A lesson in getting along

 

Wreck Train

 

So, we were on a wreck in East Deerfield, Ma. We had both our local and Maine based rail mounted cranes on site. Each wrecker consists of either a 200 or 250 ton crane, stretcher car, cable and equipment car, workshop car, and diner car. We had been on site for about three days, working 24 hours a day cleaning up a 21 car wreck, and it was finally time to send the equipment back to the yard, and the crews home. I was the car shop manager for the local shop, and we had with us our local crew, plus crews from the rest of the system. We also had a few other local managers, yardmaster, and two wreckmasters, who were my immediate bosses. One of the managers had just transferred down to our location about 8 months ago, and had proceeded to make enemies of most the crews, especially the yardmaster. To make matters worse, he had irritated the yardmaster even more during the wreck cleanup.

 

Finally, after the wreckers were all tied down and crews loaded up, the wreckmaster turned the local wrecker outfit over to me, and the Maine wrecker over to the other manager. We were to make sure the outfits made into the yard without incident, and got tied down (handbrakes set, electricity reconnected, etc). This was the standard operating procedure. I told the wrecker operator from my crew to ride with the crane, make sure it got tied down, and then go home, and call me if you have any problems. I sent the rest of the crew home for rest. I then got in my car and drove to the yard, which was about 6 miles away by car, and about 8 by rail, to wait for the wreck outfit to arrive. As soon as I saw the wrecker enter the yard limits, I knew that it would be tied down soon, and I went home and went to sleep. My operator had everything put away and tied down about an hour after that, and my whole crew was home taking a well deserved rest by then.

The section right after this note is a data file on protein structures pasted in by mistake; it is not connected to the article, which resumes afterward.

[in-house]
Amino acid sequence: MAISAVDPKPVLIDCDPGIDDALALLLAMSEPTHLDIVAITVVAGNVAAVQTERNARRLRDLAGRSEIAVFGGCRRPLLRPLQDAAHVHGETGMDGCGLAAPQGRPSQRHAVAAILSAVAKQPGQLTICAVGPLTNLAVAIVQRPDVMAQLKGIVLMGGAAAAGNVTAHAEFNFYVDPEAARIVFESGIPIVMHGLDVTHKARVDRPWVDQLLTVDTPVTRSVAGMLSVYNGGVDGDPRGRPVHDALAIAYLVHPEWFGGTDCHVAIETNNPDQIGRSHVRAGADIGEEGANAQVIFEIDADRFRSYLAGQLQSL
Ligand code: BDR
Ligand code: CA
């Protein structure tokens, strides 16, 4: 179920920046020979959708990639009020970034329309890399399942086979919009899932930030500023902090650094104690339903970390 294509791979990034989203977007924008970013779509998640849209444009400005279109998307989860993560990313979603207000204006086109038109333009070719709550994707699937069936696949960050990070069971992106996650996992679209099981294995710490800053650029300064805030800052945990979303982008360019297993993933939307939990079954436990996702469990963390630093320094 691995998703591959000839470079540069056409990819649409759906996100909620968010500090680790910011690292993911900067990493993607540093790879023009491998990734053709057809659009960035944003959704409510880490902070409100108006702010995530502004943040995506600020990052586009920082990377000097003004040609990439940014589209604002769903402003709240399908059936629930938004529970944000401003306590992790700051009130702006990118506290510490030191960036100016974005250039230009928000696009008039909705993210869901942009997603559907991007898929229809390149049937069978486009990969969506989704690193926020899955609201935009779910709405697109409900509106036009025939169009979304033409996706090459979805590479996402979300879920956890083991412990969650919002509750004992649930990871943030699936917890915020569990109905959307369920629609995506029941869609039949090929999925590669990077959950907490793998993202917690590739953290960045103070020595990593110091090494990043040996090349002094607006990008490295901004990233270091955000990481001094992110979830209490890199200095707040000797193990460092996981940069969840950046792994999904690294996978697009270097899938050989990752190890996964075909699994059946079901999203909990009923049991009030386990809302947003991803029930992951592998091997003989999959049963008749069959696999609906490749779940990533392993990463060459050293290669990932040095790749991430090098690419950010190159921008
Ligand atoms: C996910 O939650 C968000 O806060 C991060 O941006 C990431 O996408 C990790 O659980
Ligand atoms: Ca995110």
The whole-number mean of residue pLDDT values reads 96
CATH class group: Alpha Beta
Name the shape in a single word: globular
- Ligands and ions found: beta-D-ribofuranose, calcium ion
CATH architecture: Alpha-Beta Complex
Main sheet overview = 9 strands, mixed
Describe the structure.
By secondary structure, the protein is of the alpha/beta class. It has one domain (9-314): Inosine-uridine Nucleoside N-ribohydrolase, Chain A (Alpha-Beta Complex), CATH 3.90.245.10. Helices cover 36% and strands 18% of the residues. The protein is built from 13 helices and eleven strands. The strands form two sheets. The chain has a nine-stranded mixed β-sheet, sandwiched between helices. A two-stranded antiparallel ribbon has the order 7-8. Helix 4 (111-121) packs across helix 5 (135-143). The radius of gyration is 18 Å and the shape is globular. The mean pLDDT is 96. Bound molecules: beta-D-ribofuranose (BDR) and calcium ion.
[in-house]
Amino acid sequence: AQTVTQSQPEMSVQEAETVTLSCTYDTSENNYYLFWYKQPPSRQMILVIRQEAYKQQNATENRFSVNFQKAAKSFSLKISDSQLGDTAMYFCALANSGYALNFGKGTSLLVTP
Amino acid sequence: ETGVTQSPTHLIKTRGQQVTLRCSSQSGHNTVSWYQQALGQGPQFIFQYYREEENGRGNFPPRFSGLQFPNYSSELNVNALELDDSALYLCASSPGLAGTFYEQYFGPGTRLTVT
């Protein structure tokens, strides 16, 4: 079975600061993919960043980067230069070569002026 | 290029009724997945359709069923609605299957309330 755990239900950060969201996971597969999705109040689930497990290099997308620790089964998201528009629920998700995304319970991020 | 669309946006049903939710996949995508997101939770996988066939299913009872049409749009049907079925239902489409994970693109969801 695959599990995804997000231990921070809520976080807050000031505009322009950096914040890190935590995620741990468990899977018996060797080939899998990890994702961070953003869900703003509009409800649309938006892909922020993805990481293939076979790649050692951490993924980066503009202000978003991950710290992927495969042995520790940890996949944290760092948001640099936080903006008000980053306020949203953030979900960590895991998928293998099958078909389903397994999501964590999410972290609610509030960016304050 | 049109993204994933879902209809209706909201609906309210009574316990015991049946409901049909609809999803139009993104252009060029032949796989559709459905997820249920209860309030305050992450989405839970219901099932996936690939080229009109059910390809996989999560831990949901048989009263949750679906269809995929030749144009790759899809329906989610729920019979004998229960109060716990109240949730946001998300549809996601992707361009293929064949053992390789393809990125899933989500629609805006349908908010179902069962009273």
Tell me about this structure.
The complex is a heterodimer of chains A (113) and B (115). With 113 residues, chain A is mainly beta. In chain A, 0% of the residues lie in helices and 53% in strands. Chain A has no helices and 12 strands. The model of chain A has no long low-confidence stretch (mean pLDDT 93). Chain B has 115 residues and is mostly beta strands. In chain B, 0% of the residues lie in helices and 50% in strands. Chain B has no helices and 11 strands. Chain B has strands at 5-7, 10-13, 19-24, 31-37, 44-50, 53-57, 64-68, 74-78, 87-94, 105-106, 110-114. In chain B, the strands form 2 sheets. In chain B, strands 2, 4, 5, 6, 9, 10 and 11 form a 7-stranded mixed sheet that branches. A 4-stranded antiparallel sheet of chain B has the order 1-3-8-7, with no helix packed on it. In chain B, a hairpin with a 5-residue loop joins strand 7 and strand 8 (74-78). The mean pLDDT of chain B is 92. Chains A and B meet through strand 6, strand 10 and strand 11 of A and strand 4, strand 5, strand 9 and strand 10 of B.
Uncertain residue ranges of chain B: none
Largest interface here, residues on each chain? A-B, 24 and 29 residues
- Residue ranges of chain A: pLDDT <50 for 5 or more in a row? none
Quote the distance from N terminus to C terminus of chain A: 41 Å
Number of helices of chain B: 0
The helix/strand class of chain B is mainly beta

The next day I talked with the other manager about his experience. He had decided to ride his wrecker back to the yard himself, and let his crew go to the hotel to sleep. While this might seem like a good idea, keep in mind that us managers were on salary, and our hourly rate was in the gutter by now, the hourly union men were on double time and a half by now, and usually were disappointed to be sent home. He had ridden the stretcher car (an empty flat car that the boom of the crane hung over) partway back, outside and sitting on the edge with his feet hanging over the side, which, in addition to being a bad idea, was probably a safety rules violation. The yardmaster saw this, and told him go inside the car. The manager told him to mind his own business, or something of the sort. Keep in mind that everyone had been up and working for at least 48 hours by now, and not in the best of moods. While talking to the manager the next day, I asked him what time he got home that day. I had hit the sack by 10:00 am, I figured he would have been home shortly after that, as his wreck train was right behind mine. He said he didn’t get home until that evening! He said he ended up waiting out in the yard for hours before he was pulled into the siding where the crane was to be tied up. This puzzled me for years. Usually the yardmasters are very good about getting our wreck equipment serviced and moved. They know we’ve been up for days, and the equipment needs to be serviced and ready to go back out at a moments notice. After all, my outfit had made it back in and was tied down in short order. I couldn’t have asked for better service.

A year or so later, I resigned my position as car shop manager to make a move to a less stressful position in computers, and was having a few drinks with my crew and friends from the railroad. I was having a conversation with the yardmaster, and he told me a little story. He and I, while not best of buddies, had a mutual respect for one an other, and had a decent working relationship. He looked out for me and our crew, and made it a priority to get us and our equipment where we needed to be. It seems that the other manager had so irritated the yardmaster that he had let him and his wreck outfit sit in the middle of the yard for hours before putting the wrecker in the siding. Suddenly it all made sense!

The moral of the story? Don’t piss of the people that you rely on to do your job!